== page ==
Here's an example: search your mind for recollections about the Tiananmen "episode" in 1989. Can you remember anything-- anything at all-- other than that guy standing in front of the tanks? Do you remember who was protesting? Why? The question isn't why you don't remember anything, hell, it was 20 years ago and a solar system away; the question is why you do remember that guy. Are you better off for knowing this? Are you smarter? Or do you carry the false impression that you know something about which you really know nothing? That's the Matrix-- not only do you have false memories, but you get to feel good about being a knowledgeable, aware, citizen of the world.
NPR runs a cult this way. It offers an eclectic mix of topics, selected on purpose to allow you to think you are getting depth. You listen to NPR, and you think you're learning, growing, becoming a Renaissance Man. You're not. Sure, it beats CNN, but that's not a battle anyone is supposed to lose. Its target audience is insecurely intelligent people who want desperately to be intellectual and well read but who don't actually want to read too much. What NPR offers is sentiment; the feeling that you know something. That's why when someone asks you a question about a topic you learned about from NPR, you inevitably answer using the same language and words NPR used. Do you understand? Back during the election, I'd bet people at the bar that I could tell them the reasons, using the exact same words, why they'd vote for their candidate.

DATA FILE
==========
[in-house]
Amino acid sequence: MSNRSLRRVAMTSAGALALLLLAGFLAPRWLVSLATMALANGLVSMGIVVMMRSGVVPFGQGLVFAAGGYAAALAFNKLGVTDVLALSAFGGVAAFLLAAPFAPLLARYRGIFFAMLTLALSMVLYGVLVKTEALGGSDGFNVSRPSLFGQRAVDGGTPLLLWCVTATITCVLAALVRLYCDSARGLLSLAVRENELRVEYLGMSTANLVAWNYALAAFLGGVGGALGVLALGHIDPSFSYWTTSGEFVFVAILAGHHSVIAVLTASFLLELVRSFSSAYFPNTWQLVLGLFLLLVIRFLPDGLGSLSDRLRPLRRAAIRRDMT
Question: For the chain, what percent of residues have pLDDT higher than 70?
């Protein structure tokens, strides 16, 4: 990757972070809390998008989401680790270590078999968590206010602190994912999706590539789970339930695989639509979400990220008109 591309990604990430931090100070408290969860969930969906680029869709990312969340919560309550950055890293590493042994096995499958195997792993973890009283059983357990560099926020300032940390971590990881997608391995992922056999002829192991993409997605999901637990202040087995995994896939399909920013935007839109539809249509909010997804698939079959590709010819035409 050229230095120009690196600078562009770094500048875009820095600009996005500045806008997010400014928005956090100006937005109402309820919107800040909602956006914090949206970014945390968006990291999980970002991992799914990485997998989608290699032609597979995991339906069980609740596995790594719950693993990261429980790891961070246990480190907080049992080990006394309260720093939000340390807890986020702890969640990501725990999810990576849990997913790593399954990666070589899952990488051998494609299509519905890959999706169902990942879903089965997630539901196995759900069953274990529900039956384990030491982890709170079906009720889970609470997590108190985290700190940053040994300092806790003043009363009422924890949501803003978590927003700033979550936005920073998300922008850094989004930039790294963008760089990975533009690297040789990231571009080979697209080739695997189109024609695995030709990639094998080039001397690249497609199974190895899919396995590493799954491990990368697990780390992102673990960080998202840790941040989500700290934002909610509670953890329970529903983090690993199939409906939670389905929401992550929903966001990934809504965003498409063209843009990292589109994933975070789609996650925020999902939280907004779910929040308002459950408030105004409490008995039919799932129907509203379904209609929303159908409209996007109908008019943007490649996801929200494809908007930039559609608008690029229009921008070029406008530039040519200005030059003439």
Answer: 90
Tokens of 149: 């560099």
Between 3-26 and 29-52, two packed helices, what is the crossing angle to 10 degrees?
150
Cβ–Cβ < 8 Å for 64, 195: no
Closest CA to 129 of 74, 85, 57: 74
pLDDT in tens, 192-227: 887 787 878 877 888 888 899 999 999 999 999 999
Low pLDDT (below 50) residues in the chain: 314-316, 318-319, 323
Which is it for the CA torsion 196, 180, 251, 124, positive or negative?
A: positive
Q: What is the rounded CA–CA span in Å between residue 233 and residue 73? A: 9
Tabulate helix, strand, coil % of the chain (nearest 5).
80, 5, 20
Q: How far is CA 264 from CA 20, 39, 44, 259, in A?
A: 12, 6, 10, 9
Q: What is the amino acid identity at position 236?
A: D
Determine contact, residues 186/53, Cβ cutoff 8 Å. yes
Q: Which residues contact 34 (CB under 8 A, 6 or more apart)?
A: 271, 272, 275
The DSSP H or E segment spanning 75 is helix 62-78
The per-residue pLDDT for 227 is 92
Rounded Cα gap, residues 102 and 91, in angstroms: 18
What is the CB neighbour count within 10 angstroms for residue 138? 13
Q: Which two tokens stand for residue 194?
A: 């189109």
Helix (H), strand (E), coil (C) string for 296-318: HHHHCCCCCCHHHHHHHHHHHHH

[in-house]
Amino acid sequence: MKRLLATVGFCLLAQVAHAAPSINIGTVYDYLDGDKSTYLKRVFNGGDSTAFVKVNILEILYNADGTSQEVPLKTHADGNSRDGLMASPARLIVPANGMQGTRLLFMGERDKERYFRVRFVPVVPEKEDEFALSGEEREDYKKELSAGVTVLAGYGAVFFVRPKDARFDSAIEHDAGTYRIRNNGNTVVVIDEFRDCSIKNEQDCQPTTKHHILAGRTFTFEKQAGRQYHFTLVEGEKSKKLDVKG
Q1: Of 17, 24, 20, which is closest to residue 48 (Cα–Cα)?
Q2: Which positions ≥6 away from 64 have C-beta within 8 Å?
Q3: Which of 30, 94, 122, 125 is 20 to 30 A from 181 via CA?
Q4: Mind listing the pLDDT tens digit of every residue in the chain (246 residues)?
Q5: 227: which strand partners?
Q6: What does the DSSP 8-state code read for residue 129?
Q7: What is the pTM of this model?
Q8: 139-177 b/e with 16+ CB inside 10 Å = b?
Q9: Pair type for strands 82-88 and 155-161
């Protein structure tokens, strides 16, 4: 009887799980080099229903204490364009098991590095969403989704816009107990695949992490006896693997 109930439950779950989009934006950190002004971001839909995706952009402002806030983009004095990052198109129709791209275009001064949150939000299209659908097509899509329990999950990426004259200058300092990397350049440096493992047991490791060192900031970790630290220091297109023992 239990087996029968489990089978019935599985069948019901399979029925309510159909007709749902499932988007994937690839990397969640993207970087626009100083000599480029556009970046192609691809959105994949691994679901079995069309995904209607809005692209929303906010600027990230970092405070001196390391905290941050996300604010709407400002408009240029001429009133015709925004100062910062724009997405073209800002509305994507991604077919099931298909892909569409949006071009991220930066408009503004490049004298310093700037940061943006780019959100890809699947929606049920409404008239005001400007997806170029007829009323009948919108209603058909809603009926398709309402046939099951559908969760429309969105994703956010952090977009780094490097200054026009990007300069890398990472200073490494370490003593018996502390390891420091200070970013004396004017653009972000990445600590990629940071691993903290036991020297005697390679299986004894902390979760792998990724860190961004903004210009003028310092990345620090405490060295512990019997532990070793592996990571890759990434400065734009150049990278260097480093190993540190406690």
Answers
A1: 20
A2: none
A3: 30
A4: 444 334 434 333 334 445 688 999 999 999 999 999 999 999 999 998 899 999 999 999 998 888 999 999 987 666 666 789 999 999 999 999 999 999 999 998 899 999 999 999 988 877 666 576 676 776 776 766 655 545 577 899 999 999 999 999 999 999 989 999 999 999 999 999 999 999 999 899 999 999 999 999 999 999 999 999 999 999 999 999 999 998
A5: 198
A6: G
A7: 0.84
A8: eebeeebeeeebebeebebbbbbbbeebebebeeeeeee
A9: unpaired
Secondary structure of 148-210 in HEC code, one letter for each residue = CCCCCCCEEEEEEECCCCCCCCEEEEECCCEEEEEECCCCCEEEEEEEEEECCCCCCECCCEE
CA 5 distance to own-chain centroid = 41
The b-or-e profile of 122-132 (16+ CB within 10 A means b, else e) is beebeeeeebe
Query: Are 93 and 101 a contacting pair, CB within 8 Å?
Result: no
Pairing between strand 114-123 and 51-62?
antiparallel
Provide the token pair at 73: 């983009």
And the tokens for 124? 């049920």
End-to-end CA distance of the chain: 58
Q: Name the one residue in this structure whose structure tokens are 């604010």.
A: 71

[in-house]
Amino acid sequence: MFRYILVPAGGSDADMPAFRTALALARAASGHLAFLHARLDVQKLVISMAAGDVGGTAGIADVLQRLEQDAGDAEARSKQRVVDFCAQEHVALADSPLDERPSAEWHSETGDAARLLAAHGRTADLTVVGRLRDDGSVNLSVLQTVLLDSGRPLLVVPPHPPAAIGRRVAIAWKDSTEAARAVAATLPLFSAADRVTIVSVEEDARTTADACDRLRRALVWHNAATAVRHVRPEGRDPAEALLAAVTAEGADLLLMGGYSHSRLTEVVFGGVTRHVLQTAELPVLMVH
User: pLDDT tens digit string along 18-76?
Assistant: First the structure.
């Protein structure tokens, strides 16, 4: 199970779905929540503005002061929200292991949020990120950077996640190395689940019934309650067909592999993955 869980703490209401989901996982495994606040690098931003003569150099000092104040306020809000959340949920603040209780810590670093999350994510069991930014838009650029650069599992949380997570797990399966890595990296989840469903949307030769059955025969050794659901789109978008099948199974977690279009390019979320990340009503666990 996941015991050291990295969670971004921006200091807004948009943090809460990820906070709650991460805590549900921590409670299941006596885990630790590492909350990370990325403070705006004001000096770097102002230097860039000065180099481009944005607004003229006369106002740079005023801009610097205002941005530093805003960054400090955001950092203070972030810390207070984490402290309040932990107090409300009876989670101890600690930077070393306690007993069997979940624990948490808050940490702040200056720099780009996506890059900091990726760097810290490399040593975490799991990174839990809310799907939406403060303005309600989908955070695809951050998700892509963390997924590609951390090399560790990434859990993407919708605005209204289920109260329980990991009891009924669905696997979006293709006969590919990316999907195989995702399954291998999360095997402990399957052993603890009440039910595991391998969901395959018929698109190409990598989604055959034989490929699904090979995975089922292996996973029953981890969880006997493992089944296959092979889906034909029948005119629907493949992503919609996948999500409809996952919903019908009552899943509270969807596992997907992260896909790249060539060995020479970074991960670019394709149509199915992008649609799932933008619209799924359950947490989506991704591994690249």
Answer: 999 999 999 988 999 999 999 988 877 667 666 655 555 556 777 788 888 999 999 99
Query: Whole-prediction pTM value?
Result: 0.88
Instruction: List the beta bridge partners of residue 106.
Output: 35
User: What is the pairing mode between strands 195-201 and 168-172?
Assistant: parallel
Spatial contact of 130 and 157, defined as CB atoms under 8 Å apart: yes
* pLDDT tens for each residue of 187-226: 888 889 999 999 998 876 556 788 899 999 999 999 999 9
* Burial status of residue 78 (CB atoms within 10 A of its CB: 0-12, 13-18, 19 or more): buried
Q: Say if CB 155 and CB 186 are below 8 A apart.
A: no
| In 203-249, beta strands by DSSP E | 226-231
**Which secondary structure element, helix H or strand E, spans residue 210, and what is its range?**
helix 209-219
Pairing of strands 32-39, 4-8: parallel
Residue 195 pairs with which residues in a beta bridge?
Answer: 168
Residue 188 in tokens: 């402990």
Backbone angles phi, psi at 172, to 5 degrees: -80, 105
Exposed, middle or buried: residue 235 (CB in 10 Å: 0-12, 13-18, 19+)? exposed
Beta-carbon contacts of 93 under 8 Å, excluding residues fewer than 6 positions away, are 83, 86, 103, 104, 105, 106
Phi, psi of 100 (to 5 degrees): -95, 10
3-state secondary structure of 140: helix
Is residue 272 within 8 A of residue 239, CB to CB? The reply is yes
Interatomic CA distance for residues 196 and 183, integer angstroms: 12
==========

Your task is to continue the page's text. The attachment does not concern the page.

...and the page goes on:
I don't think NPR is quite that evil, but it can be quite a time suck.
rbh said in the comments, "I used to listen to NPR, back when I was just a poser, but now I, um, read blogs..."